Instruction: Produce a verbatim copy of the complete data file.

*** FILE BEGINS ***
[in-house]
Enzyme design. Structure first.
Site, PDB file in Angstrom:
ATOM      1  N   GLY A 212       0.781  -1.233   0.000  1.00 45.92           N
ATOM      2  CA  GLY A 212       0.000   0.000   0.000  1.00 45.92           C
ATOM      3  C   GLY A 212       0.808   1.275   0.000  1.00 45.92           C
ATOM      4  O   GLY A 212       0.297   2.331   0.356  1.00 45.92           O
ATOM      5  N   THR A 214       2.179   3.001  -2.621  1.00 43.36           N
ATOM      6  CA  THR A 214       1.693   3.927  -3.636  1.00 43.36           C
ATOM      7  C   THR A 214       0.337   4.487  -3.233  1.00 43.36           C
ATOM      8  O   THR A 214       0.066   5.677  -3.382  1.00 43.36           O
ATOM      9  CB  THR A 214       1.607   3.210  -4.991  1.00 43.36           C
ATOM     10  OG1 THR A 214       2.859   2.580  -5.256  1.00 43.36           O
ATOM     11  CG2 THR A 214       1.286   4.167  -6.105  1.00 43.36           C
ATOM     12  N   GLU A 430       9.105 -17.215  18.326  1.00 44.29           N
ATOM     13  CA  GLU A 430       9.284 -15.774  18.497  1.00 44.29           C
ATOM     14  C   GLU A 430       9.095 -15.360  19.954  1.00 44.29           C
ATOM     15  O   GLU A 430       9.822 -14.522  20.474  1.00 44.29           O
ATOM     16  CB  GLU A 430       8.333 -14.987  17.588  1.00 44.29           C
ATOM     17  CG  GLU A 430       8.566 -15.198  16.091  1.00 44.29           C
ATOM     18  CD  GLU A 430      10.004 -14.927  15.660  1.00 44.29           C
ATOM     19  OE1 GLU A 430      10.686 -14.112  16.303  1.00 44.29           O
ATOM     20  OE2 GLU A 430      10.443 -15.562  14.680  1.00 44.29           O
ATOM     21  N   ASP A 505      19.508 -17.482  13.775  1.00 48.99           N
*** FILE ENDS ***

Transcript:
[in-house]
Enzyme design. Structure first.
Site, PDB file in Angstrom:
ATOM      1  N   GLY A 212       0.781  -1.233   0.000  1.00 45.92           N
ATOM      2  CA  GLY A 212       0.000   0.000   0.000  1.00 45.92           C
ATOM      3  C   GLY A 212       0.808   1.275   0.000  1.00 45.92           C
ATOM      4  O   GLY A 212       0.297   2.331   0.356  1.00 45.92           O
ATOM      5  N   THR A 214       2.179   3.001  -2.621  1.00 43.36           N
ATOM      6  CA  THR A 214       1.693   3.927  -3.636  1.00 43.36           C
ATOM      7  C   THR A 214       0.337   4.487  -3.233  1.00 43.36           C
ATOM      8  O   THR A 214       0.066   5.677  -3.382  1.00 43.36           O
ATOM      9  CB  THR A 214       1.607   3.210  -4.991  1.00 43.36           C
ATOM     10  OG1 THR A 214       2.859   2.580  -5.256  1.00 43.36           O
ATOM     11  CG2 THR A 214       1.286   4.167  -6.105  1.00 43.36           C
ATOM     12  N   GLU A 430       9.105 -17.215  18.326  1.00 44.29           N
ATOM     13  CA  GLU A 430       9.284 -15.774  18.497  1.00 44.29           C
ATOM     14  C   GLU A 430       9.095 -15.360  19.954  1.00 44.29           C
ATOM     15  O   GLU A 430       9.822 -14.522  20.474  1.00 44.29           O
ATOM     16  CB  GLU A 430       8.333 -14.987  17.588  1.00 44.29           C
ATOM     17  CG  GLU A 430       8.566 -15.198  16.091  1.00 44.29           C
ATOM     18  CD  GLU A 430      10.004 -14.927  15.660  1.00 44.29           C
ATOM     19  OE1 GLU A 430      10.686 -14.112  16.303  1.00 44.29           O
ATOM     20  OE2 GLU A 430      10.443 -15.562  14.680  1.00 44.29           O
ATOM     21  N   ASP A 505      19.508 -17.482  13.775  1.00 48.99           N